Blockchain and games have an attractive future. Companies set up $ 100 million to attract developers to create games with blockchain, the secure and transparent decentralized Ledger technology that drives Bitcoin and other Cryptocurrencies.
But many game industry people are skeptical, given the sliding in the value of cryptography in the past year. A handful of jumps into it and tests the water. At Tron's last summit in January, I moderated a panel of three of these experiments: Taehoon Kim, CEO of Power Rangers mobile game maker nWay; Dan Chao, head of the start of the Rogue Nations Games and manufacturer of Crypto Assault; and Jared Psigoda, CEO of BitGuild.
"Our biggest problem right now is that most blockchain games are being sucked," Psigoda said.
Then it was a day when most mobile games out there, but entrepreneurs like Chao made themselves look great when they sold their startups to larger gaming companies. Ubisoft has become active in blockchain games, but many large companies are side by side. If they sit too long, they may have to pay a lot to acquire blockchain game startup. Or they start going to get them, Psigoda says, the tongue in the cheek.
I'll be moderating a squad chat with Tron CEO Justin Sun next week at Pocket Gamers Blockchain Games Next Event on March 1
Here is an edited transcript of our panel.
Taehoon Kim: My name is Taehoon Kim. People call me TK. I am the CEO of nWay. We make real games for new platforms, and the new platform is now blockchain, so that's where we go now.
Dan Chao: I have a small team just a half block from here. We've been working on a blockchain game called Crypto Assault, which is a kind of strategy MMO, where hundreds of thousands of players all live in a world that uses thoughts and jets together and kills each other.
Jared Psigoda: I'm CEO of BitGuild. We are a blockchain gaming company. We originally started building games at Ethereum, and later migrated to Tron. We also have Guild Chat, our social messenger, which lets you shop crypto, get crypto coin drops. We have a lot of other projects that we work on.
GamesBeat: Can you tell us what you do in blockchain and games and crypto? Why are you here? What did you get interested in blockchain?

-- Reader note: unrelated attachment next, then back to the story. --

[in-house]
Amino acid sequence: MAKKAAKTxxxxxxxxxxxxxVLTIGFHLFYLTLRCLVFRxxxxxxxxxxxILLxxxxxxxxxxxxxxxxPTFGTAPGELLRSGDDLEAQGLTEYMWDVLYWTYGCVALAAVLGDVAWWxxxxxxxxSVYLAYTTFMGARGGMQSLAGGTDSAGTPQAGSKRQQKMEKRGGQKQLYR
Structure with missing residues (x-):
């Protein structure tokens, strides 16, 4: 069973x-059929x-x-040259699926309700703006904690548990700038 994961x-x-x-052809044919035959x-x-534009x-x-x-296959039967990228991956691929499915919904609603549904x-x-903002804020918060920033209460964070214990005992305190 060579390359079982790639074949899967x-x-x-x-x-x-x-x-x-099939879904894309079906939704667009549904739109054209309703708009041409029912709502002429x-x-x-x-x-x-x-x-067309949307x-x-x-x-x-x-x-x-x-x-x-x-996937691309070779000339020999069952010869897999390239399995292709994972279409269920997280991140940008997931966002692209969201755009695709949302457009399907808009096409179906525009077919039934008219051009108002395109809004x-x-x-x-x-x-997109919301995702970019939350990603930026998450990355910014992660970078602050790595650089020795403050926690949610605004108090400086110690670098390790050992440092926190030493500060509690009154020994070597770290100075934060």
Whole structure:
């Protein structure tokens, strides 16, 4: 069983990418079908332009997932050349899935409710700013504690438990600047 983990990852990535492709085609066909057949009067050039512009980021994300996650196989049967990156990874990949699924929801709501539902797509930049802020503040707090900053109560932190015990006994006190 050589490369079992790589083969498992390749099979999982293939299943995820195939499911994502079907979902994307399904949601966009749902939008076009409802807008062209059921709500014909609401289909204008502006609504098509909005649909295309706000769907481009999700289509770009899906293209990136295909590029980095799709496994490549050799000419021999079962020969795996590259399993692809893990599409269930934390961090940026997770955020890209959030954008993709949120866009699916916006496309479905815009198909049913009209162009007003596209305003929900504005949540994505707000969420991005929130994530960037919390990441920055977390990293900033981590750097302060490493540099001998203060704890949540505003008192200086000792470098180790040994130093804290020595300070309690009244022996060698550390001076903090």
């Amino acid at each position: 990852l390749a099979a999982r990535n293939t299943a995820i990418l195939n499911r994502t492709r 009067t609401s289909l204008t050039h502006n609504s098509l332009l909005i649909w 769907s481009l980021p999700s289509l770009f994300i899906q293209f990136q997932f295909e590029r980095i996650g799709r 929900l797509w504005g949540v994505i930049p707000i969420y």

Kim: I come back and talk about the blockchain gaming ecosystem right now. Currently, how I look at it is mainly people who are already crypto-holders. It is people who have all these cryptography courses and they all try to make money. It is not necessarily the gammer quantity yet. Of course, you see games that are more game-based, pyramid schemes, games that feel like lotteries. Real games have not yet come to blockchain.
We work near Tron to find out how we can get more mass market uptake. How do we get players to games that have blockchain elements for trading and real value in games? We do a little R&D right now, and we also work with a separate game that gives a whole new experience for this type of genre.
Chao: Like many people, CryptoKitties popped up on radar for me and I was really interested. I have always loved jumping to a new platform to see if anything relevant is there. When Facebook games, and then mobile games, came out, it was very interesting. I love to solve new problems and see what is the value of blockchain in games? Is there really something there? It was perhaps in April that we started to look at blockchain games and see if we could get a little different from what we already saw.
Psychoda: I've been a hardcore gamer as long as I can remember. Almost all the MMOs you can think of, I played them, from Ultima Online to EverQuest to World of Warcraft. All Diablos, all that. One of the interesting things I saw in these games was the most fun thing to do with shopping with other players. If I play Diablo as a stomach and you are a barbarian, if I pick up a really cool barbaric item – these were all built around being able to trade goods and trade currencies. One of my first companies was also a World of Warcraft gold farm in China. The concept of virtual currencies that are worth real money has been an obvious concept for me since I was 12 years old.
When I saw blockchain coming out, with the possibility that these virtual tokens have real value and for you to be able to trade them frictionlessly through the blockchain, there was this eureka moment. Hello, we can do some really cool games that make us feel like we were doing in the 90s when it was trading. It is not like mobile games where there is now, where you only spend money yourself, but you can never trade your stuff with another player. It's a pretty fascinating industry, and it's just up and running. We wanted to be part of it.
GamesBeat: Three to five years from now, the definition of success can be that we get the CEOs of Electronic Arts and Activision and Ubisoft is sitting here talking about blockchain games. What will we do to this kind of result, for that kind of future, where this meets its full potential?